. . . but also the beards and mustaches of the Olmec Civilization’s nobility. Until the mid-1800s, most adult male Creeks also wore mustaches, but also the turbans, worn by indigenous peoples in eastern Peru. In earlier times, only veterans of warfare could wear mustaches. Have you ever seen a portrayal of a “mound builder” in a museum, wearing a mustache and turban?
Part 39 of the Americas Connected series
by Richard L. Thornton, Architect and City Planner
Most anthropologists never really looked at their art
During the next few weeks, you will see numerous examples of how the indigenous peoples created an advanced civilization in the Southeastern United States, with cultural roots from very early mound builders in the Southeast, plus civilizations in Mesoamerica and Peru. There were mounds and pottery in Georgia about 2,000 years before they occurred in southern Mexico.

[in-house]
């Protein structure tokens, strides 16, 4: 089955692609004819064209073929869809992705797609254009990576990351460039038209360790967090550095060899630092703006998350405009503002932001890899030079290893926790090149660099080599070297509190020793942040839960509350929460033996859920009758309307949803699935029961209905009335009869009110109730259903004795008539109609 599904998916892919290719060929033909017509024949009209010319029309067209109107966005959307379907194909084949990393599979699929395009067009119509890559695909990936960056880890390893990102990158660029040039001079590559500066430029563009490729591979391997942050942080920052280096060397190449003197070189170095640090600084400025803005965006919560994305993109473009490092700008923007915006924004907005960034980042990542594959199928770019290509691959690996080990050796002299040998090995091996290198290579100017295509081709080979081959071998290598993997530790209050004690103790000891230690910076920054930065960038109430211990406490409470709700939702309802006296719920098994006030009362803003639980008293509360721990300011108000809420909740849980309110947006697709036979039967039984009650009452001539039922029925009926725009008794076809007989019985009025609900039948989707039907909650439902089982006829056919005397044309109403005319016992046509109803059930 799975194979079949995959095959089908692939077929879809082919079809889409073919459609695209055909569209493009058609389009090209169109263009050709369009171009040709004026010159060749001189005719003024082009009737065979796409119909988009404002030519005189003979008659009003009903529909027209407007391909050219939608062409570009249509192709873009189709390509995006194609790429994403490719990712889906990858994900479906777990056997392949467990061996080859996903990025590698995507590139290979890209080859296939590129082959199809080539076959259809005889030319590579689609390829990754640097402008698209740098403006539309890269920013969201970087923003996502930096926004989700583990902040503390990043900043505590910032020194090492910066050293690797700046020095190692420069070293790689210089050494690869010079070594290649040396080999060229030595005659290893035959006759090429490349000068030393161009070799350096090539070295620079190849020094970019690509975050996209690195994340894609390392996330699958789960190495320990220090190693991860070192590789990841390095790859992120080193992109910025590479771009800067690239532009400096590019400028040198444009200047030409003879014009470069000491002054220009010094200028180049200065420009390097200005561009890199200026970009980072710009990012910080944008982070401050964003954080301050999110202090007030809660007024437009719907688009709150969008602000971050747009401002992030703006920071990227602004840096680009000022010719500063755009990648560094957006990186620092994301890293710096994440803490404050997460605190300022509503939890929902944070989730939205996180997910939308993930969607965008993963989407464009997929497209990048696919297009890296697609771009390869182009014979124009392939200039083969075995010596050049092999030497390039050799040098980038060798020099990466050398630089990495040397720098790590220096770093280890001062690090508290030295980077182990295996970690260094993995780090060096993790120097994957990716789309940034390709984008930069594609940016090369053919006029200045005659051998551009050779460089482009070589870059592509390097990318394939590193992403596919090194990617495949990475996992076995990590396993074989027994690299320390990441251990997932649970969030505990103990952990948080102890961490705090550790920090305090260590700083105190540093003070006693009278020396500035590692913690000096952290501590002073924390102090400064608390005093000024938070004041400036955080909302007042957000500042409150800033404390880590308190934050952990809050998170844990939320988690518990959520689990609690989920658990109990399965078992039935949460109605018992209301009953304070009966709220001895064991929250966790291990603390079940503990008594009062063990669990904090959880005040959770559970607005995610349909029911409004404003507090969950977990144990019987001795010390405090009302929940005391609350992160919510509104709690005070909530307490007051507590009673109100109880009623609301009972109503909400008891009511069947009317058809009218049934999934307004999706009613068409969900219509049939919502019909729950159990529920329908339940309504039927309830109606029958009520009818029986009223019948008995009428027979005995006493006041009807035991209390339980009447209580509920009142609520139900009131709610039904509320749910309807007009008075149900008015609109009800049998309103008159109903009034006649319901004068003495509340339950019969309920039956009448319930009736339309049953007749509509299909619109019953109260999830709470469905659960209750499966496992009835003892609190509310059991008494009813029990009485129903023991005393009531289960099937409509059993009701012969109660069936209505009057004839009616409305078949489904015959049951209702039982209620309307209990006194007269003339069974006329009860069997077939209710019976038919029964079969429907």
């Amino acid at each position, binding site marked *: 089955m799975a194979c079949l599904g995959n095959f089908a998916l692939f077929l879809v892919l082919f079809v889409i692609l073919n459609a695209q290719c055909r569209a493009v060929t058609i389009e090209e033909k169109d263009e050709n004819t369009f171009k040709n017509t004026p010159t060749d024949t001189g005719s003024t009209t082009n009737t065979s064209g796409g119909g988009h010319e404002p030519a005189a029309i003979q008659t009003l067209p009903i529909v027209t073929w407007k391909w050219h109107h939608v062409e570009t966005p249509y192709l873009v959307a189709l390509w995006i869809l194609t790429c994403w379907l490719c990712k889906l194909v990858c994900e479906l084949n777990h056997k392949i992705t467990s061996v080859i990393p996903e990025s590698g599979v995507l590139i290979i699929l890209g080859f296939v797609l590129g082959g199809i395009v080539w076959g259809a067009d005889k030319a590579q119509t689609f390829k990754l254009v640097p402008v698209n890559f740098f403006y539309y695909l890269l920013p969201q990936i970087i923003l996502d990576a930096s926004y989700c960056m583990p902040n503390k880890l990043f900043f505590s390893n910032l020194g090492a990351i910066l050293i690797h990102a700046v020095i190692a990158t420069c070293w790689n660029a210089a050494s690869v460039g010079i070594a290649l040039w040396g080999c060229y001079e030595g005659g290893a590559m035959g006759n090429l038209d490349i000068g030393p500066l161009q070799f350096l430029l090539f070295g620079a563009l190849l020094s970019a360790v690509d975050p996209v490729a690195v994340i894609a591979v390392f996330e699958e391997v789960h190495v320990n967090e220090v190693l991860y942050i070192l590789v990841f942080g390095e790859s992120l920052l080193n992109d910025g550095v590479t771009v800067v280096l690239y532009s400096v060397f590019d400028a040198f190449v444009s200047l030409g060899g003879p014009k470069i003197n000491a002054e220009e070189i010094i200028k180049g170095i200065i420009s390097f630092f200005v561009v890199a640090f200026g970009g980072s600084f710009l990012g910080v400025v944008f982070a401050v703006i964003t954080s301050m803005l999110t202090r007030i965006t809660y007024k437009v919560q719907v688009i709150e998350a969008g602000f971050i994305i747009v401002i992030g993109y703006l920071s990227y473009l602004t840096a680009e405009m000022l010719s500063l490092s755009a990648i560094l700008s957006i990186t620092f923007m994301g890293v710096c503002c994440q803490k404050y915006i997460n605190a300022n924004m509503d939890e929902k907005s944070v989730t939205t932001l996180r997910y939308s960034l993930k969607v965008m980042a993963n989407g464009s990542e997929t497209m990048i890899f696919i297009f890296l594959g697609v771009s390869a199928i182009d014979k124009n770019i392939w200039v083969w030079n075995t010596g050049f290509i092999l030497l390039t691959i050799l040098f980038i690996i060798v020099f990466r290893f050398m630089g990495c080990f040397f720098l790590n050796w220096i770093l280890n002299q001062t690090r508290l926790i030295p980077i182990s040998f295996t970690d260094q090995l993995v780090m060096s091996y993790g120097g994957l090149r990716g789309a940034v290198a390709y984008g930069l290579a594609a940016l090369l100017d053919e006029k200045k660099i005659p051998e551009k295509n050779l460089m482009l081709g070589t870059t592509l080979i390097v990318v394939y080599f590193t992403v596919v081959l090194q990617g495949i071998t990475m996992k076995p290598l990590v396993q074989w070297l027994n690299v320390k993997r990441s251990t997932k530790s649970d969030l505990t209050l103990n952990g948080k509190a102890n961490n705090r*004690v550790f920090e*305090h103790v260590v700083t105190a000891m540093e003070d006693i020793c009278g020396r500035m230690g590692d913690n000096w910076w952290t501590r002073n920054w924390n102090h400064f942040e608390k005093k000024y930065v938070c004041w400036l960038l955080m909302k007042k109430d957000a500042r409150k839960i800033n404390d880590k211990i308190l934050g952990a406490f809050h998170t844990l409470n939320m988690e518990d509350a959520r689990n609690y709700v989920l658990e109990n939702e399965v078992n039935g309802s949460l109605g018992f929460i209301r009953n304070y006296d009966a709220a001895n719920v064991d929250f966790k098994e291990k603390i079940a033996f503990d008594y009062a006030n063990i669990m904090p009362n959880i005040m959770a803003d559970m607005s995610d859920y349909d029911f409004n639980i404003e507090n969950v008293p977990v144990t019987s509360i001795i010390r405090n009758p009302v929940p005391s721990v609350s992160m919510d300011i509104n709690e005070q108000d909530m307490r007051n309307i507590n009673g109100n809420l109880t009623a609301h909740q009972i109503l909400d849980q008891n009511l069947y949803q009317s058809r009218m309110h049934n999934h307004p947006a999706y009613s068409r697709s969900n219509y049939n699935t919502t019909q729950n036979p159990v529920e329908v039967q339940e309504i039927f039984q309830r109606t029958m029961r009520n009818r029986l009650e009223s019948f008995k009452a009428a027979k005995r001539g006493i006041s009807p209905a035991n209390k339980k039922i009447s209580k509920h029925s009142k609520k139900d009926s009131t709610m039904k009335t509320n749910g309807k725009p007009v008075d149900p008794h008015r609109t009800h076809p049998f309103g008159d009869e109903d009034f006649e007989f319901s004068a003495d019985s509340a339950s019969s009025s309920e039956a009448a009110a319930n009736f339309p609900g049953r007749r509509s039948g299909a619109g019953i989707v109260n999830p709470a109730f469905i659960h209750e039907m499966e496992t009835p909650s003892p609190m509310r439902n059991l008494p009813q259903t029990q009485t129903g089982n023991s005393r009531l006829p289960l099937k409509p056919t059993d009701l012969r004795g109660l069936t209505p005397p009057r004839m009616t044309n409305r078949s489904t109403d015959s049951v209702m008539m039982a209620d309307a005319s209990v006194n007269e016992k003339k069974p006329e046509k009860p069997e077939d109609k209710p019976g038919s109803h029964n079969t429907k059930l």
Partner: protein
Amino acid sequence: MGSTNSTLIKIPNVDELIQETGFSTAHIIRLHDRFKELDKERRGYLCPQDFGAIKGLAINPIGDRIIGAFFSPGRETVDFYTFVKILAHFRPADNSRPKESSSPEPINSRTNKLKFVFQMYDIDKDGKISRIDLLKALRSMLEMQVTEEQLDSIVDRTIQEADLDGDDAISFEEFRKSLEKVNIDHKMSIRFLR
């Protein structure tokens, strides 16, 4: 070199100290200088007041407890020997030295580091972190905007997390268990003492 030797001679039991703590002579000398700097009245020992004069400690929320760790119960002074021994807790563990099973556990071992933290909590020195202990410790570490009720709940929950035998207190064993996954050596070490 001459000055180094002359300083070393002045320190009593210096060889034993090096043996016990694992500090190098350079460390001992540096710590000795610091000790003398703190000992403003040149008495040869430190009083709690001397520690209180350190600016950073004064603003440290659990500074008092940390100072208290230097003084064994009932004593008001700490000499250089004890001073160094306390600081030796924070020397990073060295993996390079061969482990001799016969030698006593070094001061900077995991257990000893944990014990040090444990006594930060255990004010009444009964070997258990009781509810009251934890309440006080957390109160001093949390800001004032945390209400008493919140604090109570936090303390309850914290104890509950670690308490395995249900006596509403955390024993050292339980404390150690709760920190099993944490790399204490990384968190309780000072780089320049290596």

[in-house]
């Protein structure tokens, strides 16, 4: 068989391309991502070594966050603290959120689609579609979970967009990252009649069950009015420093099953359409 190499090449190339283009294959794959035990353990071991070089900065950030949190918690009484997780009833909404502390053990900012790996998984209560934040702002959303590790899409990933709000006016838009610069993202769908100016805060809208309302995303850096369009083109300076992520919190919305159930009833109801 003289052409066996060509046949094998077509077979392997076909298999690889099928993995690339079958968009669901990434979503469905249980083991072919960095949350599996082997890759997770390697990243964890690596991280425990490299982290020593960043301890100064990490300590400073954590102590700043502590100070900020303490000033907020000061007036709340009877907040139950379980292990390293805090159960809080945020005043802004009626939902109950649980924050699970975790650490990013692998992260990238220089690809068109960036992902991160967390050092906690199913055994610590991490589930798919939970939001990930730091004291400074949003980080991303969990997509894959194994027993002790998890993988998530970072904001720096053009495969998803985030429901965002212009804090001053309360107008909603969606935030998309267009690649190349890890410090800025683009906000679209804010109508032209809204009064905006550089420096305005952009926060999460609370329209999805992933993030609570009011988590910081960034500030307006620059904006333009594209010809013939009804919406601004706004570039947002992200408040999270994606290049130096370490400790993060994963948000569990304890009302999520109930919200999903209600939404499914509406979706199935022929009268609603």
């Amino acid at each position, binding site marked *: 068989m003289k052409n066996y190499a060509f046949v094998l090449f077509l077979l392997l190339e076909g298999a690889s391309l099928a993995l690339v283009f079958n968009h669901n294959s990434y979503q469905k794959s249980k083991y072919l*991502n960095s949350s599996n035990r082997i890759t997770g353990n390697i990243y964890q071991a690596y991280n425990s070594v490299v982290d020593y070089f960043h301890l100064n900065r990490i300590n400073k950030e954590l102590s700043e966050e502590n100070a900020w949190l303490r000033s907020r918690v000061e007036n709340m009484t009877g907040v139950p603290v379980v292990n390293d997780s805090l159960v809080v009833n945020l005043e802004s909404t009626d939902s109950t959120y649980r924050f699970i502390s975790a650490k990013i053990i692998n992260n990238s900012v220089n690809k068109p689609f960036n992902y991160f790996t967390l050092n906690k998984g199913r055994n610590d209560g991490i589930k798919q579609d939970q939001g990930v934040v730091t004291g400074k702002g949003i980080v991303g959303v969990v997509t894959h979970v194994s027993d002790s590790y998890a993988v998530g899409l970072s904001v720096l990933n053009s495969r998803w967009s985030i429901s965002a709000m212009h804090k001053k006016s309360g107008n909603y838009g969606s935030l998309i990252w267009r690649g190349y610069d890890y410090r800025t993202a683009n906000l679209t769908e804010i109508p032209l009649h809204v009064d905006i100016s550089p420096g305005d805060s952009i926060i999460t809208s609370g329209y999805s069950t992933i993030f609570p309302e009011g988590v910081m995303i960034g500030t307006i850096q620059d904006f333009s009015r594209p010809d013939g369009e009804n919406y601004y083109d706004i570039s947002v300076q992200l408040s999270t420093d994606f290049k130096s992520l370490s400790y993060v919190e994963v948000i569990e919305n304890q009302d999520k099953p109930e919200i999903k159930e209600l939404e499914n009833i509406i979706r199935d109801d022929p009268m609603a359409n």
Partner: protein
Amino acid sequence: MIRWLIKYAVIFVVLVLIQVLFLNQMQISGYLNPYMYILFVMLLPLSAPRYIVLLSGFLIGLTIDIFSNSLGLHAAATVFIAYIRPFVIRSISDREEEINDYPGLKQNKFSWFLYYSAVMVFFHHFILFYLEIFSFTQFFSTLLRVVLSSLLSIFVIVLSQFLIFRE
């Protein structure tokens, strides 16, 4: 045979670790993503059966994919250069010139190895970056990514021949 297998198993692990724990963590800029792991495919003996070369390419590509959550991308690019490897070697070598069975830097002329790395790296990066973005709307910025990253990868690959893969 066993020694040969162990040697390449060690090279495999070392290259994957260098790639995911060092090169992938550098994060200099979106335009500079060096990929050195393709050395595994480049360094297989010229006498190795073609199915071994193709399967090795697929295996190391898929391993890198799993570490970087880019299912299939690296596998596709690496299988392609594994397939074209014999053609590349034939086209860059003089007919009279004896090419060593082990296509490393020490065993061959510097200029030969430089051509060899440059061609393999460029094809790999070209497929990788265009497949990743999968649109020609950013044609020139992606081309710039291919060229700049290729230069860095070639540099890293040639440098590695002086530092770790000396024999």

I am as to blame as anyone. I did not seriously study the art of my ancestors, until paid to do so by the Muscogee-Creek Nation during 2003 through 2008. I did not start studying the much older petroglyphs of northern Georgia until 2017, when I was stunned to see Swedish Bronze Age ships and symbols on the Tugaloo Stone, on exhibit at Travelers Rest State Historic Site in Toccoa, GA.